A heartening sign of the kind of movie—idiosyncratic, surprising, youthful, romantic—that this year's Berlinale has chosen to spotlight in the main competition, Alexandre Koberidze’s second film, What Do We See When We Look at the Sky? is a true delight. A substantial yet effortless work, and only the second film by Koberdize, following his audacious four-hour debut, Let the Summer Never Come Again, it confirms the Georgian director as a major talent.
Taking place in the sun-drenched city of Kutaisi along the roaring Rioni River, it tells a fable of a meet-cute between a boy and girl, Giorgi (Giorgi Ambroladze) and Lisa (Ani Karseladze), who immediately feel the pull of love, but for whom the evil eye will disrupt their union. Each wakes up the day of their first date looking completely different (now played by Giorgi Bochorishvili and Oliko Barbakadze, respectively), and bereft of their most valuable knowledge (for the pharmacist Lisa, it’s medicine; for Giorgi, it is soccer). Befuddled and lost in their new identities, they show up at their rendezvous but miss each other; each then takes a job nearby, forever close at hand but never realizing the other is there.
To this spare, charming short story Koberidze makes several unexpected decisions: There is little dramatic dialogue in the film, as most interactions are anecdotal and viewed at a slight remove; the director actively narrates his story and his character’s concerns in voiceover; the lovely music, much of it original by Giorgi Koberidze, the director’s brother, moves the story smoothly; and the narrative is as interested in peripheral characteristics of Kutaisi as it is in the fate of its romantic couple. These digressions center on the children of the city, who we see in the streets, after school, and at play; the city’s dogs, given names and personalities; teens as friends and in love; an older filmmaking couple who are on the search for real couples in love on the city streets in order to finish their long-gestating film project; and soccer, which is nearly everywhere in the film. The World Cup anchors the passage of time through the story, and the game’s combination of skill, chance, and the interplay of others around you underscore key themes that softly touch the film’s love story.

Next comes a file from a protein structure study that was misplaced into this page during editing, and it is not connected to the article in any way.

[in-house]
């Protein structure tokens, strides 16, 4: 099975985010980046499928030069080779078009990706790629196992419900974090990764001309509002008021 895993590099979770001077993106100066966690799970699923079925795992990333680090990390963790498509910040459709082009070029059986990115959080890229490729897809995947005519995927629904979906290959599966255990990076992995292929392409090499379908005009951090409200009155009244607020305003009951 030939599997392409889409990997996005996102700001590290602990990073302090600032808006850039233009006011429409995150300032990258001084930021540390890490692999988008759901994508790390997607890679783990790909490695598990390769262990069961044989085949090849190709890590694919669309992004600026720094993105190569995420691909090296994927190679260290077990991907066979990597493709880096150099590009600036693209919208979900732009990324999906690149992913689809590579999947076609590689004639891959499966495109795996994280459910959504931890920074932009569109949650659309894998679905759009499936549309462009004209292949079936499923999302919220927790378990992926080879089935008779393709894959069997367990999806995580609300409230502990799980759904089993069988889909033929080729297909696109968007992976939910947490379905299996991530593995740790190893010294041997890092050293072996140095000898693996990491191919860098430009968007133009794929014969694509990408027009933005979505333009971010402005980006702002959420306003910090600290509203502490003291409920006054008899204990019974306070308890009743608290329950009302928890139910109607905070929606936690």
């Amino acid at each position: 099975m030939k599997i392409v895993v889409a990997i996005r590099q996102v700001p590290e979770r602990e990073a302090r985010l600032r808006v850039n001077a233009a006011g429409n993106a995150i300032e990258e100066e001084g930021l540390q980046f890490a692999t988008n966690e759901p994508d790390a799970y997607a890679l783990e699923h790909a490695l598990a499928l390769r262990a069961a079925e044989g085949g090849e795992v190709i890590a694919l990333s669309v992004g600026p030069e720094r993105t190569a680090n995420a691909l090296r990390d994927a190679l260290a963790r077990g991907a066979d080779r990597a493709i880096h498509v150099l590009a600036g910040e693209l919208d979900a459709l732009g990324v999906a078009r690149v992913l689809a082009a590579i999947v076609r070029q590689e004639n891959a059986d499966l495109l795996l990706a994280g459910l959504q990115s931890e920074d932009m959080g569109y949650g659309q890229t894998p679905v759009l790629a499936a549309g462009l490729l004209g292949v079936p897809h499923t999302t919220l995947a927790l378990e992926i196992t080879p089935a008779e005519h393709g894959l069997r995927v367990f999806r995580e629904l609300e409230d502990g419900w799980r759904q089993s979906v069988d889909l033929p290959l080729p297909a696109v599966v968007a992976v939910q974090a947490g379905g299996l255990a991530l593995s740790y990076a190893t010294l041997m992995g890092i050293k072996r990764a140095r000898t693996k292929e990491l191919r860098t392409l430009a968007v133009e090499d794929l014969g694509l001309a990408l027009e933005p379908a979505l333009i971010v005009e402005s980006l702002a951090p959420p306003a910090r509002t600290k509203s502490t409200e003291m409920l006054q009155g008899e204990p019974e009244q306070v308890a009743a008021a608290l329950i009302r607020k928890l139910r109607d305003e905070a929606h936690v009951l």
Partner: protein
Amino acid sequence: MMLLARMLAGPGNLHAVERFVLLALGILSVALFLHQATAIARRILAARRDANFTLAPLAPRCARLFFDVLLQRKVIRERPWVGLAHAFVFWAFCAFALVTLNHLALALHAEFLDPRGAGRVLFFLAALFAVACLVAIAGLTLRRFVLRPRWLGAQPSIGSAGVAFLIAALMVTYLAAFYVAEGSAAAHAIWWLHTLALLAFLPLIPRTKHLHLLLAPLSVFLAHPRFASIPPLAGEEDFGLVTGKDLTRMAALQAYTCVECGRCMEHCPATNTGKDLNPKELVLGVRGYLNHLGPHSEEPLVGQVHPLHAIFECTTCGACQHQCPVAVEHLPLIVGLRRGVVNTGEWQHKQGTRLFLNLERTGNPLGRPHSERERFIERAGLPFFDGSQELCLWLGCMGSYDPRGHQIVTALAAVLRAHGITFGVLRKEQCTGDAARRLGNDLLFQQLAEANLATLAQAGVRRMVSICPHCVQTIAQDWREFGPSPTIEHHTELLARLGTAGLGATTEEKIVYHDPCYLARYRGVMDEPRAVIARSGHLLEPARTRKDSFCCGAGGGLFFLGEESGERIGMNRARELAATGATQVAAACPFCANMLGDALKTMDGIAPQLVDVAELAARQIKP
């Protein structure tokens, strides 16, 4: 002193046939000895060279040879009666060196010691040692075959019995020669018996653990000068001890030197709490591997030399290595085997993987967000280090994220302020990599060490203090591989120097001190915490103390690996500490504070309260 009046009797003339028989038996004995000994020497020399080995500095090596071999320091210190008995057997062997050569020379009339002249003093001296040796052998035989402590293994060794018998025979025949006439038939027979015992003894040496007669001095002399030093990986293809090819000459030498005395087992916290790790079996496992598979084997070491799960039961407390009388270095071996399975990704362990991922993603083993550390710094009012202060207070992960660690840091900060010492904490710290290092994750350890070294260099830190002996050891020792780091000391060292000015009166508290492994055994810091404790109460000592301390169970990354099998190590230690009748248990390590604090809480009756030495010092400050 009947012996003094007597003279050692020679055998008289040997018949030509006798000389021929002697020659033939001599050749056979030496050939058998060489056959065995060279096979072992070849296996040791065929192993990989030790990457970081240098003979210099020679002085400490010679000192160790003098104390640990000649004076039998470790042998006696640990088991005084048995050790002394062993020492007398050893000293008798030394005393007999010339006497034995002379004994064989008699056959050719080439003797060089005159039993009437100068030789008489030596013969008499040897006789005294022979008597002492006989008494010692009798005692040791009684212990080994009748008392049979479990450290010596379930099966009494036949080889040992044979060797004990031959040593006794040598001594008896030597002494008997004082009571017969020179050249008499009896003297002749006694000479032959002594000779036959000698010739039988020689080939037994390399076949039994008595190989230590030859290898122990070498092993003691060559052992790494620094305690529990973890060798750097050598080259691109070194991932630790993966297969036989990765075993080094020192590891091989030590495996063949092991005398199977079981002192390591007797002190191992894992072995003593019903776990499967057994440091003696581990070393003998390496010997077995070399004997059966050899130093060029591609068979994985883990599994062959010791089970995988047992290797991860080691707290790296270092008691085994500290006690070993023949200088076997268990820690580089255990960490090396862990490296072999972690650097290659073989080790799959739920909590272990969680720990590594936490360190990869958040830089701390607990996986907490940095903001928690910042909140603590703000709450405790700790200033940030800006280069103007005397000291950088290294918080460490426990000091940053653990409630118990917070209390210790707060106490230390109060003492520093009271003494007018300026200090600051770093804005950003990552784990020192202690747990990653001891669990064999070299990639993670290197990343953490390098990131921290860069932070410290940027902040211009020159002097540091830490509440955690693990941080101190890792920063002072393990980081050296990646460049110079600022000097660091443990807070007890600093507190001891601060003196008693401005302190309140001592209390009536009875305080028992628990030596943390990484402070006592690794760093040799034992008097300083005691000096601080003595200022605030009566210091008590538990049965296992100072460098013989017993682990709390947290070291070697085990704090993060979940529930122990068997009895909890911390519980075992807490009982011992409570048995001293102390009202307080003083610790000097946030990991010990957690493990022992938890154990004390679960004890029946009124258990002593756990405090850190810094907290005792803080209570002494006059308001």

All these bits of character are given nearly as much attention as the central fable, which fleshes the film out to a novelistic two-and-a-half-hours that never feels slow and yet is never in a rush. Sometimes loping along, sometimes lilting, What Do We See When We Look at the Sky? has the rare quality of an ever-fresh strangeness. You’re never quite sure what will happen next, or to what or whom it will devote its attention, and yet the movie is utterly nonchalant about this unfettered approach. Because of this, we are kept at a distance from Lisa and Giorgi’s suspended love affair; theirs is not a story of melodrama, but of life’s required patience and all the everyday things—some funny, some sad, some sweet and poetic—that place themselves along its path. This unique spontaneity, with its tone of playful wistfulness, of gently waiting for the constellations of the world to align properly, all the while bathed in plenty of golden lighting, is not burdened by the alienating or off-putting characteristic of most art cinema that forges its own path. Instead, this special film rises to meet you, eager to show you new things.